I don’t know that I have ever been in a painful situation in which I was more aware of the awareness of God. And if I may say so, even in the pain, I felt safe and loved.
Here is what I said to my friend, after I filled in some details: [click to continue…]
(10 Things God Uses to Enlarge Your Legacy)
Okay, take your mark. You’re about to take off on a marathon. Your coach is the Lord Jesus, the Author of your faith. Under His direction, you’ve cast aside any weights that may hinder you. At His instruction, you clear your way of any sin that might entangle you. At His signal, you’re off! And following His wise counsel, you have focused your attention on him, because he’s the Finisher of your faith as well.
You lengthen your stride and settle in. You know this is no sprint; you’re in it for the long run. Before long your body, mind, will, and emotions, begin signaling you, this won’t be easy. But about the time you reach your first obstacle, God has a surprise for you. You are not alone! You’re surrounded by a great cloud of witnesses! And they’re “in the grandstands” cheering you on.
These aren’t just spectators. They’re your “friends in high places” – people who have run the same race and faced the same obstacles you face. In this greatness are models of faith and perseverance who
by faith conquered kingdoms, performed acts of righteousness, obtained promises, shut the mouths of lions, quenched the power of fire, escaped the edge of the sword, from weakness were made strong, became mighty in war, put foreign armies to flight. Women received back their dead by resurrection; and others were tortured, not accepting their release, so that they might obtain a better resurrection; and others experienced mockings and scourgings, yes, also chains and imprisonment (Hebrews 11:33-37).
These aren’t just dead figures from the past. Their faith – and witness – live on. They’re watching you. Pulling for you. Believing in you. Teaching you. They’re here to testify – that’s what witnesses do – that you, too, can influence a new generation. They also testify of the tools our Father uses to deepen your message, and enlarge your influence. Here are a few: [click to continue…]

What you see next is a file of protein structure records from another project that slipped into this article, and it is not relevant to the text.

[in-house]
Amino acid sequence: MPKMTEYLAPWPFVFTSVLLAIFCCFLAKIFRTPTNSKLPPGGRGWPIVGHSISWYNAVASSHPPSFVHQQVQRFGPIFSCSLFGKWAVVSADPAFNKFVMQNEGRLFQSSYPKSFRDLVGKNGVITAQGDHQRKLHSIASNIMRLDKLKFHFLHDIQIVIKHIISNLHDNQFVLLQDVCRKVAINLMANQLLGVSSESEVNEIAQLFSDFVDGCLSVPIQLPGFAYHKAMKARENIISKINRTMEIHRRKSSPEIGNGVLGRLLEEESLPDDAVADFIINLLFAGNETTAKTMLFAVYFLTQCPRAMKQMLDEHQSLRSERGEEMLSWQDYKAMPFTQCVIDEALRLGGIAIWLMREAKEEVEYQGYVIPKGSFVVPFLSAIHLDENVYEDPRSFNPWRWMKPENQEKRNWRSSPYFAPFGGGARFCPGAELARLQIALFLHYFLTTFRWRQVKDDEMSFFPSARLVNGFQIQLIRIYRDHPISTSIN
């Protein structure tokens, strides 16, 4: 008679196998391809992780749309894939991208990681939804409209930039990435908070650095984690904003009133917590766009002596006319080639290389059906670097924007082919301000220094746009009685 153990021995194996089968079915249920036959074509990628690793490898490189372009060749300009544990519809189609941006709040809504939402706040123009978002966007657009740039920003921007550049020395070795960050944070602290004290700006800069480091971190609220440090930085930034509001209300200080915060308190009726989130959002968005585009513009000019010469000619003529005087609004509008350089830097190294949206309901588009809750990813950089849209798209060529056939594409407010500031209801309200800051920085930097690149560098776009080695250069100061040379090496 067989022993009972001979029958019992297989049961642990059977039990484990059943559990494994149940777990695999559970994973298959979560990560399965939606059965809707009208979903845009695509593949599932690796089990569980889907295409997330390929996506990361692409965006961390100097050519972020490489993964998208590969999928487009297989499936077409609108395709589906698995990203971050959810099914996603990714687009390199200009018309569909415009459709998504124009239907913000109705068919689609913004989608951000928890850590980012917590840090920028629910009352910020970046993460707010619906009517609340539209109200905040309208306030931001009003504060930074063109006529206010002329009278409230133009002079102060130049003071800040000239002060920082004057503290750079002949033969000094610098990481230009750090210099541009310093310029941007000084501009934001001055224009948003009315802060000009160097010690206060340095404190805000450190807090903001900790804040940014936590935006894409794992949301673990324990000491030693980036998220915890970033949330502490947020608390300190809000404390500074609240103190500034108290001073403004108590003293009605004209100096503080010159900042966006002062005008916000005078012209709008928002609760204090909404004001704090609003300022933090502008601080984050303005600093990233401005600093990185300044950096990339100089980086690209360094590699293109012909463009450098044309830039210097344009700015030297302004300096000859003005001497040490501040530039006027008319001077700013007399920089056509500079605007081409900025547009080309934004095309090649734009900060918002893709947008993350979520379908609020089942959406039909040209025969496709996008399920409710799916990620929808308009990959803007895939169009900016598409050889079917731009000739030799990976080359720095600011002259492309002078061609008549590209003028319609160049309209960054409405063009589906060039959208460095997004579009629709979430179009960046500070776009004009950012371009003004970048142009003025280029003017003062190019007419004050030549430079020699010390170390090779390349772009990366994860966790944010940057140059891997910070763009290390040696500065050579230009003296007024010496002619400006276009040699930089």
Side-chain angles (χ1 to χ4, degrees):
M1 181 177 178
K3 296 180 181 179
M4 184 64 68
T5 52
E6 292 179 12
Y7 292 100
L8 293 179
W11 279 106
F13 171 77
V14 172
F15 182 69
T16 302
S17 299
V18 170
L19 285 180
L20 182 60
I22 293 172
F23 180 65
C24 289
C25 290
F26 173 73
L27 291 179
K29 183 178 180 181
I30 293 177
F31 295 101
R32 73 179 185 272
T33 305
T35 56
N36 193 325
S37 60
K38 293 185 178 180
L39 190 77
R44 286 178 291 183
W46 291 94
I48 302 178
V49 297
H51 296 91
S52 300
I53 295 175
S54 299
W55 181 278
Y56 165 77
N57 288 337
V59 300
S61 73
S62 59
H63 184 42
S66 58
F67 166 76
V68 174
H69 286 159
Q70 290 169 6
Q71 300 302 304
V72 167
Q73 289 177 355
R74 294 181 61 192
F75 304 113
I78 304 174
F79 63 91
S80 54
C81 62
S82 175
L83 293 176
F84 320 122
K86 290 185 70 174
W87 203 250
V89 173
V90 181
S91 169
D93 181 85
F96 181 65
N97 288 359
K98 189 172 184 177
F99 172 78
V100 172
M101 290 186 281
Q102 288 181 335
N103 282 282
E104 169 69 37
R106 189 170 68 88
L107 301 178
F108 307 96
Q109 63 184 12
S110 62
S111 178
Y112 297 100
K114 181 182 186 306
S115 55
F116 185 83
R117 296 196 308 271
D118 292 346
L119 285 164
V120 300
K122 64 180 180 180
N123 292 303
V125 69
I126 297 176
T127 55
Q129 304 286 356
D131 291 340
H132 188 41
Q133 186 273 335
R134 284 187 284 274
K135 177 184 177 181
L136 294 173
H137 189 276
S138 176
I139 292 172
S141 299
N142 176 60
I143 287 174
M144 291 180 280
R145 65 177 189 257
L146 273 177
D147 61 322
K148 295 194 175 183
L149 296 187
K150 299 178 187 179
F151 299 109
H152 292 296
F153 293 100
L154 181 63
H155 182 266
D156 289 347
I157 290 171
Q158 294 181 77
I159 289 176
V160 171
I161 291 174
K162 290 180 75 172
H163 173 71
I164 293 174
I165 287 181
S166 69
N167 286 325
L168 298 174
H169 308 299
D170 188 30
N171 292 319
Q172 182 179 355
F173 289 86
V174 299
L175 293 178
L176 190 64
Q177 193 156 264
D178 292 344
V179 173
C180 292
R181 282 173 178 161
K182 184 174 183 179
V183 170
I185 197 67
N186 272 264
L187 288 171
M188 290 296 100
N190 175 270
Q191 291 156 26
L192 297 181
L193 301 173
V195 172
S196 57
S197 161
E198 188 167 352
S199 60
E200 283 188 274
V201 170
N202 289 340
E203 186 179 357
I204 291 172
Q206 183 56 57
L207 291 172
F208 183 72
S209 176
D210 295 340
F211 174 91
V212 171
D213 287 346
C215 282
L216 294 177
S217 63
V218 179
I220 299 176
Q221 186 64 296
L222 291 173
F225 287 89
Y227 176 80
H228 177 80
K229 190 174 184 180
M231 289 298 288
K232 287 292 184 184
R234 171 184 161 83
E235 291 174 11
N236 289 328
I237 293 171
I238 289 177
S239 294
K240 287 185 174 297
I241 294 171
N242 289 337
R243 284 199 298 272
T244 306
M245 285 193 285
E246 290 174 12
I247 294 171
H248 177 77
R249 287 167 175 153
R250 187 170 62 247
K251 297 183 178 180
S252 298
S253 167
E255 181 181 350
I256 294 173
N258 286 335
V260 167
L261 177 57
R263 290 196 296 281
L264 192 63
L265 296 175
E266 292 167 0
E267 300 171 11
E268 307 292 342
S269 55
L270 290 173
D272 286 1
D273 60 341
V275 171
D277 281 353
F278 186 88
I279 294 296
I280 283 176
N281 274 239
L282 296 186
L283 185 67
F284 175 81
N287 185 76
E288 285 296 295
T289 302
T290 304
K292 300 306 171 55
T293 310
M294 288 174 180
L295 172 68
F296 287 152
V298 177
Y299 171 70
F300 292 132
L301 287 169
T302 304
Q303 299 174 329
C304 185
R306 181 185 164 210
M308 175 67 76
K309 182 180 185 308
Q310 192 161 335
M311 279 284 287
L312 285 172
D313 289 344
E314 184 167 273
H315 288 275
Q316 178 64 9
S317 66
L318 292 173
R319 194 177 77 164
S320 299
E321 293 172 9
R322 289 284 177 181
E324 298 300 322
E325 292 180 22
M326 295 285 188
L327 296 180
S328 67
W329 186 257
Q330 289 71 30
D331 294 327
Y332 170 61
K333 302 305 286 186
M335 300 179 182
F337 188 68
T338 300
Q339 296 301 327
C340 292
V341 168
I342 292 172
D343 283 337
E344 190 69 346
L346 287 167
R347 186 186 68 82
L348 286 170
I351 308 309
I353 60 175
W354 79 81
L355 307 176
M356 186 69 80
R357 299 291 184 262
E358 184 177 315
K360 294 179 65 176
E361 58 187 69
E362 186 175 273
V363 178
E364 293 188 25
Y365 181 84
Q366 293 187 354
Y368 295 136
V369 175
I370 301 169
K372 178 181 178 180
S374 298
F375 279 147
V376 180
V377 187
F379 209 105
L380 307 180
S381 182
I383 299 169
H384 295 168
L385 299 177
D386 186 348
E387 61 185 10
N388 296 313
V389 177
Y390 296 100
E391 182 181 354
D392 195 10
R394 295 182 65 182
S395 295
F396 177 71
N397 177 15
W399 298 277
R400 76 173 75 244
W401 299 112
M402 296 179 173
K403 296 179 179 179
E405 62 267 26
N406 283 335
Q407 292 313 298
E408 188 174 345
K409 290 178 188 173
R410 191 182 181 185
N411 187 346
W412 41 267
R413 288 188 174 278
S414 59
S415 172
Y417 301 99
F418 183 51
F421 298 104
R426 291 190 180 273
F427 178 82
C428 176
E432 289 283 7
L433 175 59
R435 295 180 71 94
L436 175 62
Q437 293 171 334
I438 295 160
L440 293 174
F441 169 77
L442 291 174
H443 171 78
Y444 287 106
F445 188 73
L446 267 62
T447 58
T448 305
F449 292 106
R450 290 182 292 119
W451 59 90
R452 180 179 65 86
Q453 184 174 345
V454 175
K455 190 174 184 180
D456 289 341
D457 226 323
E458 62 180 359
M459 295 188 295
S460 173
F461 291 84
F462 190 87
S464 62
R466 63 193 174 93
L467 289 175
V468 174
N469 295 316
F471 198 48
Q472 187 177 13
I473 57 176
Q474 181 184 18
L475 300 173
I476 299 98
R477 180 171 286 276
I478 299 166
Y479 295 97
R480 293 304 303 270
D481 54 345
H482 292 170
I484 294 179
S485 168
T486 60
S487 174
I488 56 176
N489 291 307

This is for Larry Chastain.
Dee Ann Hallmark.
Priceless people, much younger than me, whose last visit I had with them was over a casket.
This is for parents and grandparents, girlfriends and boyfriends now long since somebody else’s spouse, little brothers and sisters who once were left as only children.
This is for Caden Trethewey and Elizabeth Rodes. Two children I will never meet in this life whose stories profoundly touched me, and I think will touch you.
This past Saturday, Elizabeth was born in South Carolina. Both her parents, Will and Kelly, are on staff at Newspring Church in Anderson. She was nine inches long and weighed 8 ounces – a victim of anencephaly. Without asking for it (who would?), Will and Kelly discovered what so many before them have – that Jesus Christ came to heal the brokenhearted.
Here’s Will in his own words:
I wish that I could describe the presence of God that was with us in that hospital room, but I can’t. Even if you know Jesus, it would probably defy your comprehension, like it still does mine. It is just one more thing in life that I don’t understand, but I do know that God is sovereign and He reigns over all of this and all that is to come.
This is not the end of the story, but rather the beginning of a great work.
You can (and should) read his entire reflection of the story here.
The Tretheweys tell their own story in the remarkable video below. [click to continue…]